After another week of macerating, the deer bones are looking and smelling better than ever! Progress is slow, since most of what’s left on these bones is cartilage and connective tissue, both of which are always difficult to remove. The worst of it is on the vertebrae, humeri, and femurs, but the dish brush has helped chip away at some of what’s left, and every little bit counts!
I checked in on my raccoon skull today, too, and was happy to see that it looked much lighter after drying out:
Now that the skull is dry, I can compare it to past photos and see how much cleaner it is (for comparison, this is what it looked like eight months ago). The most noticeable difference is on the right side of the skull, where those dark areas have been gradually lightened by repeated degreasing baths. I can tell that this skull is still greasy because of the soft, satiny texture and slight shine present on those darker spots (you can see it in the photos below), so this specimen will need to degrease for at least a couple more months… probably longer.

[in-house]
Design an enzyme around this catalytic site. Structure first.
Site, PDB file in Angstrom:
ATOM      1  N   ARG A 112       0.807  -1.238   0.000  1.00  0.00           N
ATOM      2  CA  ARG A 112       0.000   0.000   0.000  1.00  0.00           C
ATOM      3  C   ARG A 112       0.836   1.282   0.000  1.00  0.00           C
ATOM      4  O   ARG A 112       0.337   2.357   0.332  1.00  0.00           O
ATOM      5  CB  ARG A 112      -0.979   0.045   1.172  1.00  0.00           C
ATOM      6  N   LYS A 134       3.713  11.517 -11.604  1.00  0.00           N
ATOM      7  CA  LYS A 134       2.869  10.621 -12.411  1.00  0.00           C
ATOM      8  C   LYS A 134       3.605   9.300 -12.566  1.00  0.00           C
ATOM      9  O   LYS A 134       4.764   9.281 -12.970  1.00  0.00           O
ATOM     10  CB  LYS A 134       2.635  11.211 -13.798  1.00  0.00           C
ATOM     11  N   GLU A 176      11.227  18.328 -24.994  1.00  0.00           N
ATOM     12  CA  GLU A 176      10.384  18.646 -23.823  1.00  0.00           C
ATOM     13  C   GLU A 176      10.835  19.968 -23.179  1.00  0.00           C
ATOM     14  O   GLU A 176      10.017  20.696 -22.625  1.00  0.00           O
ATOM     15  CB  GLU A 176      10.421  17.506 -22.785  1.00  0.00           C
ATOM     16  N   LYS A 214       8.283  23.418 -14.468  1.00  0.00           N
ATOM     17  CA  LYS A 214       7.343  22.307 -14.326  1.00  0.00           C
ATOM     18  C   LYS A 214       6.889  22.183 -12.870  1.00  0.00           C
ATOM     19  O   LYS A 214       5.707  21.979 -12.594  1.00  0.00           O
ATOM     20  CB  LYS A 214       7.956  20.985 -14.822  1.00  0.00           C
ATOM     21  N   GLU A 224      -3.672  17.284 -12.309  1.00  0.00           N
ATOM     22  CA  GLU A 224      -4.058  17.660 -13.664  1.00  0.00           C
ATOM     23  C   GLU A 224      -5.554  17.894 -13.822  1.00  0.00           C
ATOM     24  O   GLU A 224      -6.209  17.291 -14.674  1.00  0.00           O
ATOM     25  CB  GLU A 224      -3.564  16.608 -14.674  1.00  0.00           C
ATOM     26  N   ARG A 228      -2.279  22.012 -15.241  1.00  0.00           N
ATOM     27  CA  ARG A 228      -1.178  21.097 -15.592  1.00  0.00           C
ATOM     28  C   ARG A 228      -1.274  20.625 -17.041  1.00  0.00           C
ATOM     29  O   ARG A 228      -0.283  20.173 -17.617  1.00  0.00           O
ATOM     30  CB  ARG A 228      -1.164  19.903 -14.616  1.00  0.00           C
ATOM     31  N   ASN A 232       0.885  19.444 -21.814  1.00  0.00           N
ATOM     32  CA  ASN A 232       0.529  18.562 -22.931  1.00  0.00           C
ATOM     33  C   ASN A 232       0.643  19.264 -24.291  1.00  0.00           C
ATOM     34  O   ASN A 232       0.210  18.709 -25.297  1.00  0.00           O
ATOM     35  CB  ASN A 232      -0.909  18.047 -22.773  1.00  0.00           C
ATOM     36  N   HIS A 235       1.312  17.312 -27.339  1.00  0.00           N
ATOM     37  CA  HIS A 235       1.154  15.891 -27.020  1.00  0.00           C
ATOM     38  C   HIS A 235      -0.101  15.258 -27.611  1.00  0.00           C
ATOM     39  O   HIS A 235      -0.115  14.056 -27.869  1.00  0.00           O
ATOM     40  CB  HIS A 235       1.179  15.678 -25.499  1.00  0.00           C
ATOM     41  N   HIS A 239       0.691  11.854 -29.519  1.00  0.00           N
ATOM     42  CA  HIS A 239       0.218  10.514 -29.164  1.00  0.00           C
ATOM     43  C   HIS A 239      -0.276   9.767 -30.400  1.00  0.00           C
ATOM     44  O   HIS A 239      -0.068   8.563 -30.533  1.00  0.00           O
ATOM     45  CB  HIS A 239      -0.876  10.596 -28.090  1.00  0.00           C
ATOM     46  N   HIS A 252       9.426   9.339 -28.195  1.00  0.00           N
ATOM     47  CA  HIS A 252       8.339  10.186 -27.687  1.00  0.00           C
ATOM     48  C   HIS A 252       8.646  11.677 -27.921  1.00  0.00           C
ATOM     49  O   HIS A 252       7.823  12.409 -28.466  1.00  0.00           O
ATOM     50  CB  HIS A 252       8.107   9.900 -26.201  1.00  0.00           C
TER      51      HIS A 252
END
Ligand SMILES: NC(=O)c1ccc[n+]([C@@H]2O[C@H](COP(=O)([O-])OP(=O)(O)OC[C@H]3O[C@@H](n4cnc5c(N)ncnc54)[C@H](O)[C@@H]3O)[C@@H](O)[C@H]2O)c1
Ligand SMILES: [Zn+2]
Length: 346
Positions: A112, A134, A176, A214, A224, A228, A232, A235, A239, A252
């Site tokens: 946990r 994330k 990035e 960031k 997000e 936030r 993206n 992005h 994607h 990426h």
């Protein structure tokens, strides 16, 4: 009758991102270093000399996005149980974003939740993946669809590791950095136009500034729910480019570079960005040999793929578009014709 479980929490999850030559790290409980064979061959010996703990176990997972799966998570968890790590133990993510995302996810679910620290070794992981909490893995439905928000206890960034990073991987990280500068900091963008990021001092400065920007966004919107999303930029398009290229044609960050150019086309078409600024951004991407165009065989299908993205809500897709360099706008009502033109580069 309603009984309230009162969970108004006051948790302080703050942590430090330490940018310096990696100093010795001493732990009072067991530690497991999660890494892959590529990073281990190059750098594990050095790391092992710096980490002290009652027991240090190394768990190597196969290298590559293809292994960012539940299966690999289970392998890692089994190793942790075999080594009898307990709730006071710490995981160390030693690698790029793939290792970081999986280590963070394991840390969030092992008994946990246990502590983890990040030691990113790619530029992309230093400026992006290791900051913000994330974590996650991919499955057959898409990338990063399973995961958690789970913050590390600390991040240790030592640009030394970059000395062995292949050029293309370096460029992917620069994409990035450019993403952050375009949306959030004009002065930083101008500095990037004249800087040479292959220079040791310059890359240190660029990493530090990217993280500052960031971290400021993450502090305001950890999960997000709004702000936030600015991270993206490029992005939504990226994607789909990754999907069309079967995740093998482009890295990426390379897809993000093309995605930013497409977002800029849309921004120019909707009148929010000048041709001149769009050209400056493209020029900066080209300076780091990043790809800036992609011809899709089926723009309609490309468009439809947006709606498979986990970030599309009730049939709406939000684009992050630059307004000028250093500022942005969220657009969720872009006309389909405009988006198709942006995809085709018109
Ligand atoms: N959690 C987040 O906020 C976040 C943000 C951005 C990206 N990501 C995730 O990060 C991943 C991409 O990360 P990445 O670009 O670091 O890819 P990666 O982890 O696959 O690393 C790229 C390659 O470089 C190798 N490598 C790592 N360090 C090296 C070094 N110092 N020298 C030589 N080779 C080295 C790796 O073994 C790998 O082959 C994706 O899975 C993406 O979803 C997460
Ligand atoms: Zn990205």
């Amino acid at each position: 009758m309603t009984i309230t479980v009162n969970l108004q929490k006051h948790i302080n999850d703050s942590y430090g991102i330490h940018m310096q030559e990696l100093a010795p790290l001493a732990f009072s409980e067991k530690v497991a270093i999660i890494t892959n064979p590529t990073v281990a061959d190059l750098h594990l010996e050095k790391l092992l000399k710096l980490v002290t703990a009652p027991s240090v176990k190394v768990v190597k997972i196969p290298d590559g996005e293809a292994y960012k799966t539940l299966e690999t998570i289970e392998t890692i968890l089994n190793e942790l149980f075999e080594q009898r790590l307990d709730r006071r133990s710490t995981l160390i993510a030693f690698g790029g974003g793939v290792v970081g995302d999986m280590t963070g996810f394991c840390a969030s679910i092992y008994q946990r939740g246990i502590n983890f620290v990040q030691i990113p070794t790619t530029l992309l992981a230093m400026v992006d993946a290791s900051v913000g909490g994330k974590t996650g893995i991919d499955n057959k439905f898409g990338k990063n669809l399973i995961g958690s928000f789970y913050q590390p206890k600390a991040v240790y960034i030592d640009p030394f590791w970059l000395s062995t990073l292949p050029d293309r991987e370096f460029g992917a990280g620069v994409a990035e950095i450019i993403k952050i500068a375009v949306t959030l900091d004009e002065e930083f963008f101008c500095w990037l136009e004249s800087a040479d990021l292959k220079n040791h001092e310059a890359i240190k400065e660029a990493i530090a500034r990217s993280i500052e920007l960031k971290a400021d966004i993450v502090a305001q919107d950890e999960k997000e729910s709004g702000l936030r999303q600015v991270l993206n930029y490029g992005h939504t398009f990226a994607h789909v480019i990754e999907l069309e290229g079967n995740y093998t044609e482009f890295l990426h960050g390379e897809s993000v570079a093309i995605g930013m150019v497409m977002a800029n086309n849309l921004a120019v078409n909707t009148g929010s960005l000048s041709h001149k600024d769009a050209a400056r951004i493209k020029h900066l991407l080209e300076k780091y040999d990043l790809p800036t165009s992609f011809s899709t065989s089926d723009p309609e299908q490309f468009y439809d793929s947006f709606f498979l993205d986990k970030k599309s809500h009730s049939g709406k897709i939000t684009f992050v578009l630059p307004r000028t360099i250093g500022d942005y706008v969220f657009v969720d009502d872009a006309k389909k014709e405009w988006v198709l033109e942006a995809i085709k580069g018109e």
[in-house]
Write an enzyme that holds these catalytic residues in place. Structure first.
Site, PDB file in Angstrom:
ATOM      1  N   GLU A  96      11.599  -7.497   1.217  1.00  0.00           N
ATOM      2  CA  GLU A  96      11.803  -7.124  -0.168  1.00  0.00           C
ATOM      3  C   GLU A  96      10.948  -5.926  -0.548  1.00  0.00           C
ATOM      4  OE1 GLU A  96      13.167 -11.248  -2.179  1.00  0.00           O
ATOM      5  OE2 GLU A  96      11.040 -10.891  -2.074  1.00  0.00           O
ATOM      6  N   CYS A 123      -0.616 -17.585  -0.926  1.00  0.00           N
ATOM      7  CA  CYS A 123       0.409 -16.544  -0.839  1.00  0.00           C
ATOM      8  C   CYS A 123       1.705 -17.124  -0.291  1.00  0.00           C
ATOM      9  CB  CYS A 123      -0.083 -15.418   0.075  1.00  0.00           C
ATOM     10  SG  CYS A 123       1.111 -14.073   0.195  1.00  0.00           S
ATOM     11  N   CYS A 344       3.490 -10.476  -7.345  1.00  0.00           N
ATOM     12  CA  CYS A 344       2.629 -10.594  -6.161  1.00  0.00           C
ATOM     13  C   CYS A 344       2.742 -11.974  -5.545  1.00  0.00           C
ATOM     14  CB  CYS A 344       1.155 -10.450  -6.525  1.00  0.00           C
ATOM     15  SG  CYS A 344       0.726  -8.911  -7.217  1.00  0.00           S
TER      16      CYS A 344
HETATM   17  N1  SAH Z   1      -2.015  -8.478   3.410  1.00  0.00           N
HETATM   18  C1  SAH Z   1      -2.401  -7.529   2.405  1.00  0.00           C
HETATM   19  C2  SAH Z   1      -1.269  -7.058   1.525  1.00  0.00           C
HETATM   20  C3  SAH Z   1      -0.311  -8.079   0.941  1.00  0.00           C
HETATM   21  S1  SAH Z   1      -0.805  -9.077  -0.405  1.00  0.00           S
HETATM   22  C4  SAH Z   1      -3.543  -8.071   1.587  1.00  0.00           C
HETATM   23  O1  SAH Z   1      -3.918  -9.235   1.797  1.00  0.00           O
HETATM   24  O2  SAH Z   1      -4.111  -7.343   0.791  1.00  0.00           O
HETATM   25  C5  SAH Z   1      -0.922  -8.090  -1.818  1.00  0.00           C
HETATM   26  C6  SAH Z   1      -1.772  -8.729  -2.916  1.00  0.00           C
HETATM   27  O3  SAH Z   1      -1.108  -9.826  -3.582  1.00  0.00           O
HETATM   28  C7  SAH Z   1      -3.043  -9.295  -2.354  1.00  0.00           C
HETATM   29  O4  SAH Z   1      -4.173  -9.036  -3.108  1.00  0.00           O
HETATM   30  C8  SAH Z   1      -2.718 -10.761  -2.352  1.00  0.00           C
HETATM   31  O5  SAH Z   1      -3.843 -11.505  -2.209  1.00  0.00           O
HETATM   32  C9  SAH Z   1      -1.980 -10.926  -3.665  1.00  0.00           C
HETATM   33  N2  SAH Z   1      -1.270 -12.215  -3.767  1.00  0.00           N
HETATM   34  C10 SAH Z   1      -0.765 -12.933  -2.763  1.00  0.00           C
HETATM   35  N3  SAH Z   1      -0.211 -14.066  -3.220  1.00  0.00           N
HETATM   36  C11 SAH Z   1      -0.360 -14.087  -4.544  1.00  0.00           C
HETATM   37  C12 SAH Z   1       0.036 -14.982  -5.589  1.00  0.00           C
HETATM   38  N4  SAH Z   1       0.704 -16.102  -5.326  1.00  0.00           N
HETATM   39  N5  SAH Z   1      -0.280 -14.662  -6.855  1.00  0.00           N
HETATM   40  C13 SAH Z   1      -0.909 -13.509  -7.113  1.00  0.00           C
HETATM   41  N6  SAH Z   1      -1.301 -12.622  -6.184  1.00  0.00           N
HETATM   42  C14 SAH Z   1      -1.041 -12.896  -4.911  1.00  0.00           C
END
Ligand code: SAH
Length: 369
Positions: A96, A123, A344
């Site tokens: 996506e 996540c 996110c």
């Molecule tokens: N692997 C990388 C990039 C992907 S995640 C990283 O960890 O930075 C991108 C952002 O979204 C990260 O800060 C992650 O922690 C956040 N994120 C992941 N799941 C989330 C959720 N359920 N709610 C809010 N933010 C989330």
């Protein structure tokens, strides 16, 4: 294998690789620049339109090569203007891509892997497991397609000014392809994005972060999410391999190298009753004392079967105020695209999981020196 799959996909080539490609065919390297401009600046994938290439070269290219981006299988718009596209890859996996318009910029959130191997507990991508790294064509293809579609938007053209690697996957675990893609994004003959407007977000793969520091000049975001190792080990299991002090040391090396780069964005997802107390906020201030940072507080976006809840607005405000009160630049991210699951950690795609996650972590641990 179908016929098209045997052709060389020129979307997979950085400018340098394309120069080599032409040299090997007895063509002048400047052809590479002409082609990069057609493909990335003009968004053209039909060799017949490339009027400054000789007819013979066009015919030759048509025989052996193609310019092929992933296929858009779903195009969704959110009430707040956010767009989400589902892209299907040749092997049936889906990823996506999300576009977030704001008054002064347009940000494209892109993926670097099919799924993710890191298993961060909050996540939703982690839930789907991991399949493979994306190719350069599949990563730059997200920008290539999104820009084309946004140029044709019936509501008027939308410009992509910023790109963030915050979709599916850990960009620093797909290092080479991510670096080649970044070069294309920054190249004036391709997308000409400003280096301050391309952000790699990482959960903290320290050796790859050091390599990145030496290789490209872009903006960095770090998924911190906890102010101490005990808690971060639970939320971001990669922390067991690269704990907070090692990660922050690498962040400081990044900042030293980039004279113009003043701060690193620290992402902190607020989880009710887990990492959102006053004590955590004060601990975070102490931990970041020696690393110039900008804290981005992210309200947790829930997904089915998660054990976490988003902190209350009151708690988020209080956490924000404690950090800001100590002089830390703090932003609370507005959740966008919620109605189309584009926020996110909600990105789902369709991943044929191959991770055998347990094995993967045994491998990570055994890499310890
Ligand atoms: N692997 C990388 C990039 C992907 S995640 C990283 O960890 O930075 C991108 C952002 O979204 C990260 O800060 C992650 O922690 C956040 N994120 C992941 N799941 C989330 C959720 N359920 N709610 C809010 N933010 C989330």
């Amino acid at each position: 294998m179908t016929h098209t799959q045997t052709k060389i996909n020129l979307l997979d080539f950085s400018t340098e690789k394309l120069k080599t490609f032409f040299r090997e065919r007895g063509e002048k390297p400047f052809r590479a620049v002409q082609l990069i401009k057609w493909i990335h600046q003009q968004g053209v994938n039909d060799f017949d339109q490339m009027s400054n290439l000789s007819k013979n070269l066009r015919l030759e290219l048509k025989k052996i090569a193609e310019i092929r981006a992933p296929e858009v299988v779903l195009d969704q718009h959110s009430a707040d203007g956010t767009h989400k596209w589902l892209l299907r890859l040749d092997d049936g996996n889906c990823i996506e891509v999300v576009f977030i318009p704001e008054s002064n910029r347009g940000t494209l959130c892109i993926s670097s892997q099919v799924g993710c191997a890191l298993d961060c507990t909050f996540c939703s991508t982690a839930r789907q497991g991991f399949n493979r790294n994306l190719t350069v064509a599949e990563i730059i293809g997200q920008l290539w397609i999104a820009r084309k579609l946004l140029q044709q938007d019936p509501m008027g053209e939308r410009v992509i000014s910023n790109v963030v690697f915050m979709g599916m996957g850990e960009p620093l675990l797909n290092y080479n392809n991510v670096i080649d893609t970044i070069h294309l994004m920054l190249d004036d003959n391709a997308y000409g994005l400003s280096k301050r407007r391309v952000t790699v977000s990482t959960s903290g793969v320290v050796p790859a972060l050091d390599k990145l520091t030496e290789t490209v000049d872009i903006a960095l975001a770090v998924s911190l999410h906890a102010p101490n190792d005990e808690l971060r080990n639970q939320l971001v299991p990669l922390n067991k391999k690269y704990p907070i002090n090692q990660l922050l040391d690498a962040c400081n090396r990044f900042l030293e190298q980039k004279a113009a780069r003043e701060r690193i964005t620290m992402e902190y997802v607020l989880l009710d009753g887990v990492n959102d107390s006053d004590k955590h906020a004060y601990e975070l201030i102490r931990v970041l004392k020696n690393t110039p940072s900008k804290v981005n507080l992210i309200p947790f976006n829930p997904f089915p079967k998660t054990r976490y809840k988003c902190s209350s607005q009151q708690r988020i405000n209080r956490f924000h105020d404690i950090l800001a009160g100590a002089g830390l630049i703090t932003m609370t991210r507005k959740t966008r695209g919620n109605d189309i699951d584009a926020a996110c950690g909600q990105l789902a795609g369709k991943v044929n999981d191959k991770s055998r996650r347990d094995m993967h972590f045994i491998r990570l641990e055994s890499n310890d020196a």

Also, looking back on this post, I realized that I found this skull just over a year ago! It’s been a long process, and I still have lots of work ahead of me, but I can’t help but feel encouraged by the progress I’ve made so far. Here’s to another productive year of bone cleaning!